December 3, 2017
December 3, 2017


No question, just a link for you. This article takes apart a recent speech by Chicago Fed President Charles Evans. Along the lines of your most recent post:

No argument for me…

Do you really think you can make 5 in 5 with AYR???? These guys pay themselves a lot of money and they are relatively young…

I don’t really know if AYR is a 5 in 5. However, I think it can trade up to book value which is a double—at that point I’ll reassess.

Re the comment: “The other is Sprott Resource Corp (SCP.TOhttp://www.sprottresource.com/one-earth-farms-corp.aspx) which has farmland in its portfolio.”

I never cease to be amazed at the willingness of people to believe what they want to believe.  Sprott Resources does not have farmland in its portfolio, it owns a majority of One Earth Farms, which has a bunch of depreciating farm machinery, some grain bins, some cows, and a bunch of land rented from Indian Bands in western Canada.  In fact, in Saskatchewan, where it has the vast majority of its operations, it would be illegal for One Earth to own, or (technically, although hard to police) lease farmland because they are owned by a “company which is listed on an exchange.”

But say you run a big farm, and people figure you own the land.

The only reason they can do what they are doing is because they rent land from Indian Bands, whose land is not subject to the jurisdiction of Saskatchewan’s farmland ownership (and leasing) laws. I admire what they are doing, but I do not envy them, and I’m not sure I would be an investor.

This comes from a very knowledgeable friend in the Canadian agricultural space…Caveat Emptor

Hi Harris,
First time question (I usually read quietly :).
Regarding TITN, I like the idea, but after having analyzed it through my criteria, I stopped short of pulling the trigger because of one warning flag (again, just IMO). The total debt on the balance sheet dwarfs EBITDA (based on trailing 12-months). I am aware that these can change quickly(in a direction for a more favorable ratio) for a fast-growing company, but growth through acquisitions may also continue to add debt to the balance sheet. Now, if everything goes fine in the world and the company continues to grow revenues and EBITDA, they may eventually catch-up, but if/when SHTF in the credit markets and the economy slows affecting everything around, companies like this risk facing a difficult patch because, while revenues and cash flow may experience a [hopefully] temporary dry patch, the debt on the balance sheet persists and is unrelenting. I wonder if you see this debt/EBITDA picture differently for TITN or in general. Thank you for sharing!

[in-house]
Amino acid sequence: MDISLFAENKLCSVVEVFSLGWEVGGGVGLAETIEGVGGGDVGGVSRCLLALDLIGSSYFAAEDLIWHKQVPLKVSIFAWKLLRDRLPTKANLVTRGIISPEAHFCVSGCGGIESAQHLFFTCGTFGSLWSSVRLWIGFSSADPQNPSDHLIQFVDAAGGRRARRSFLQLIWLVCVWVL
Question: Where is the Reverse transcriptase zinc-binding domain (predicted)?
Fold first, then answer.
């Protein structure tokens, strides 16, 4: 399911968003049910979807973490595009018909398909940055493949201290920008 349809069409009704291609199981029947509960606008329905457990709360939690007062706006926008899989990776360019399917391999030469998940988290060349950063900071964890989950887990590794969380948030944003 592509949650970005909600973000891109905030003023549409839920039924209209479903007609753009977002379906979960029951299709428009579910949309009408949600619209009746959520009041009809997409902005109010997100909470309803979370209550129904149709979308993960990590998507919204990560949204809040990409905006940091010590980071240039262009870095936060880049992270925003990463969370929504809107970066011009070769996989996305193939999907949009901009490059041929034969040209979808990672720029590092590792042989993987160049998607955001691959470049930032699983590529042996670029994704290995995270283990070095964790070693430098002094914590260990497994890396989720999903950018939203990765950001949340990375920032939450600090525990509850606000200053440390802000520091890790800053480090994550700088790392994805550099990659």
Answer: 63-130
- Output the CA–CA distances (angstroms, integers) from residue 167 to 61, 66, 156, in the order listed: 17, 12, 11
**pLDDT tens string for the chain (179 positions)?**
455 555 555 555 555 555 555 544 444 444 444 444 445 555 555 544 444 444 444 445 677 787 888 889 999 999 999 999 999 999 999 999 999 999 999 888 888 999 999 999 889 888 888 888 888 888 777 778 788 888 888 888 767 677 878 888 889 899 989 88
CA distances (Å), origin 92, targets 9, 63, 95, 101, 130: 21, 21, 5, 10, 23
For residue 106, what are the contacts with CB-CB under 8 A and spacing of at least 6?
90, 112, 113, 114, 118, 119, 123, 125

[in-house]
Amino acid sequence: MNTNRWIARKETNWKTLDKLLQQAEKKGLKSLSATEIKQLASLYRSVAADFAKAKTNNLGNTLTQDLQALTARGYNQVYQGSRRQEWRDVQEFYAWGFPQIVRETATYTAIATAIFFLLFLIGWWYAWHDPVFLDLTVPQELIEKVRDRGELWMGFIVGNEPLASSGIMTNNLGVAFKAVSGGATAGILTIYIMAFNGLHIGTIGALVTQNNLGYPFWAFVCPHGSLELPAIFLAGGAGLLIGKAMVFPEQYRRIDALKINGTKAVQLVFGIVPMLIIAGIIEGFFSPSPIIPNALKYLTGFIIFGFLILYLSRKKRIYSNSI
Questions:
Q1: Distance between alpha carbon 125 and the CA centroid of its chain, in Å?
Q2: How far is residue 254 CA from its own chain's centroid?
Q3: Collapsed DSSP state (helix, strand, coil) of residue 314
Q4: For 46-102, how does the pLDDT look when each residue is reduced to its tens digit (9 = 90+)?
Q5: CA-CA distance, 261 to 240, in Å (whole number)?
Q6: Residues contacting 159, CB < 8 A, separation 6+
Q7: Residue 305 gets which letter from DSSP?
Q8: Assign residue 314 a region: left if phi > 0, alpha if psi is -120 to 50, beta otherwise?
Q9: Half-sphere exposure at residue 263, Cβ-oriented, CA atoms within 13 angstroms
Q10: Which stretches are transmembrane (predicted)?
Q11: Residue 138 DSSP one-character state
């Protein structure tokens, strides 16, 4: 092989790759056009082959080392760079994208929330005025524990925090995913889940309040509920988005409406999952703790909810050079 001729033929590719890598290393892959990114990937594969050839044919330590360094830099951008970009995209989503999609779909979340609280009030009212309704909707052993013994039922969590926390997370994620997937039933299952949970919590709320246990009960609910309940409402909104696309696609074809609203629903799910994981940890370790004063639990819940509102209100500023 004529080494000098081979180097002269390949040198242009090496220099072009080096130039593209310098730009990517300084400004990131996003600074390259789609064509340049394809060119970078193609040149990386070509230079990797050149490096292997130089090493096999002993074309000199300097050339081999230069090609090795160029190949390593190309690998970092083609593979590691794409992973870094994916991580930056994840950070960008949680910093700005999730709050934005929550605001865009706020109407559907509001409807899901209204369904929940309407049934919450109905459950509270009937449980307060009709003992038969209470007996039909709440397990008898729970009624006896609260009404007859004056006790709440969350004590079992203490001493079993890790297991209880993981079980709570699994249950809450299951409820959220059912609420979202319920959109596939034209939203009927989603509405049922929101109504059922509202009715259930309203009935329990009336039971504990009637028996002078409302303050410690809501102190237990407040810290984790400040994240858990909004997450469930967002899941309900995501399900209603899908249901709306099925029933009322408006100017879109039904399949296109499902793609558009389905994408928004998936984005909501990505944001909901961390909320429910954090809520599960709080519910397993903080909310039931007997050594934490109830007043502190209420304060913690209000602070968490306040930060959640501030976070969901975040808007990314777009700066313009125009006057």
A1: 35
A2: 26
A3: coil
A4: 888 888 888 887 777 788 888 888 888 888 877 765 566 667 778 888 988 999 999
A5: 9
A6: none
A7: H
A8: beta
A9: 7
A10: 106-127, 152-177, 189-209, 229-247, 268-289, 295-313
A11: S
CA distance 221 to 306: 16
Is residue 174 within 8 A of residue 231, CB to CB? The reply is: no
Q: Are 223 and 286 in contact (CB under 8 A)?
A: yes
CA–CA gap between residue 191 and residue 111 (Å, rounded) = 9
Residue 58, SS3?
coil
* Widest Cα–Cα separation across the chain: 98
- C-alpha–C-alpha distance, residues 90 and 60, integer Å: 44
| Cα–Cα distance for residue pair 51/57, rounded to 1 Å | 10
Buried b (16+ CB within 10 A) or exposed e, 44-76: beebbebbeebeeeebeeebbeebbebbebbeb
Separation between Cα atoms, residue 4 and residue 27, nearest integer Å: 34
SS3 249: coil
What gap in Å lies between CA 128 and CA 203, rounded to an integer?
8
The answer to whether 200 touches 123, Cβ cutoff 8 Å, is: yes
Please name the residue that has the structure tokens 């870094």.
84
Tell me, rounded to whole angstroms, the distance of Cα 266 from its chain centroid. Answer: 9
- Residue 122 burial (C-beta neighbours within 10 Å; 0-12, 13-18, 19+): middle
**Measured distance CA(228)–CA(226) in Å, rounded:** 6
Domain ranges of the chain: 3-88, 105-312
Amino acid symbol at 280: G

I really see it at two businesses. There is the ‘bad business’ which is selling new equipment. This is small margin and capital intensive. Most of the debt on the balance sheet is related to this business. Fortunately, the debt comes at a ridiculously low cost of capital, is secured by equipment and a bunch of it is non-recourse to the parent. If the economy stalls, they just send the tractors back to CNH and the debt goes away.

The other business is the ‘good business’ which is selling used equipment, parts and doing repairs. You get into the ‘good business’ by selling equipment and acquiring dealerships. There is some debt associated with this business, but really not all that much. If you exclude the floor-plan equipment financing, the company is really not that leveraged.

Turns Out Dumping 1,300 Tons Of Swiss Gold Isn’t A Resume Builder After All


Nope. Not a resume builder… Not at all…Funniest part is not that central bankers sold the gold on the lows, it’s that they sold the gold so that they could invest the money in interest bearing govt bonds (except due to zero interest rates caused by the same central banks, bonds yield almost nothing).

My friend Bill Fleckenstein stole my thunder by posting these first, but for those of you without a subscription to his site, I’m reposting. If you watched these already—watch them again. They’re that good.

Sam Zell Speaks–I Listen





In keeping with the Mongolia theme, here is a 1 hour piece on the Mongolian hip hop scene. I’m not sure why I’m suddenly the clearinghouse for things like this, but I actually found it interesting to watch.